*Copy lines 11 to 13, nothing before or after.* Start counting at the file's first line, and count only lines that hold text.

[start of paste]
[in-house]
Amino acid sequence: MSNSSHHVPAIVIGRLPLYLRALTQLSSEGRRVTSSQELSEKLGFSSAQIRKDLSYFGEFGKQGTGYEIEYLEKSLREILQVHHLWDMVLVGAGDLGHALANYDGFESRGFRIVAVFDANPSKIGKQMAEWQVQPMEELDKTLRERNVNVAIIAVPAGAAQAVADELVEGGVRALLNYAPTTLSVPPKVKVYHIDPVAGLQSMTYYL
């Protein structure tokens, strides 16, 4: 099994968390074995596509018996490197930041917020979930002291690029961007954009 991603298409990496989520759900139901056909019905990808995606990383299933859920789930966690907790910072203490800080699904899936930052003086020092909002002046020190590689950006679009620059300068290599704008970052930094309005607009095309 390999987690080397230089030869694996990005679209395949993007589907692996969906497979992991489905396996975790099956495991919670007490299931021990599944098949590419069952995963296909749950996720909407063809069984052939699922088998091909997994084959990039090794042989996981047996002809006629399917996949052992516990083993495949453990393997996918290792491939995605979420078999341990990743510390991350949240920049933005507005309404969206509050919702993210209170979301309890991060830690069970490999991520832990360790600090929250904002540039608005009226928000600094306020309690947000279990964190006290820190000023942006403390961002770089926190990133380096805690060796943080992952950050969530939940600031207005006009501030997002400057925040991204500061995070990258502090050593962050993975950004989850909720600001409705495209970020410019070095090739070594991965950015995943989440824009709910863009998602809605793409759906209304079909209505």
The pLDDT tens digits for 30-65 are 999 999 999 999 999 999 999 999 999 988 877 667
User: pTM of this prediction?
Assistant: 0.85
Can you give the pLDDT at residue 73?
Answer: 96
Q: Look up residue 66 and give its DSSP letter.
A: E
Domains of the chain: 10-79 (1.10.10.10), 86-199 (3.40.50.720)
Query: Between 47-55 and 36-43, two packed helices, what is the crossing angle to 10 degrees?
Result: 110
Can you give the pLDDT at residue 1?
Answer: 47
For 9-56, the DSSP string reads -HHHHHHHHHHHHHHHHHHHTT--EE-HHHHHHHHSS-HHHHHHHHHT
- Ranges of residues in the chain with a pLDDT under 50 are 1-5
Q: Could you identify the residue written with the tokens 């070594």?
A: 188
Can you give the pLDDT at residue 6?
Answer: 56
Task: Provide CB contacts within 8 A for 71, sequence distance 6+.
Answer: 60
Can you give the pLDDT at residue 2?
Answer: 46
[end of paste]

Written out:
Domains of the chain: 10-79 (1.10.10.10), 86-199 (3.40.50.720)
Query: Between 47-55 and 36-43, two packed helices, what is the crossing angle to 10 degrees?
Result: 110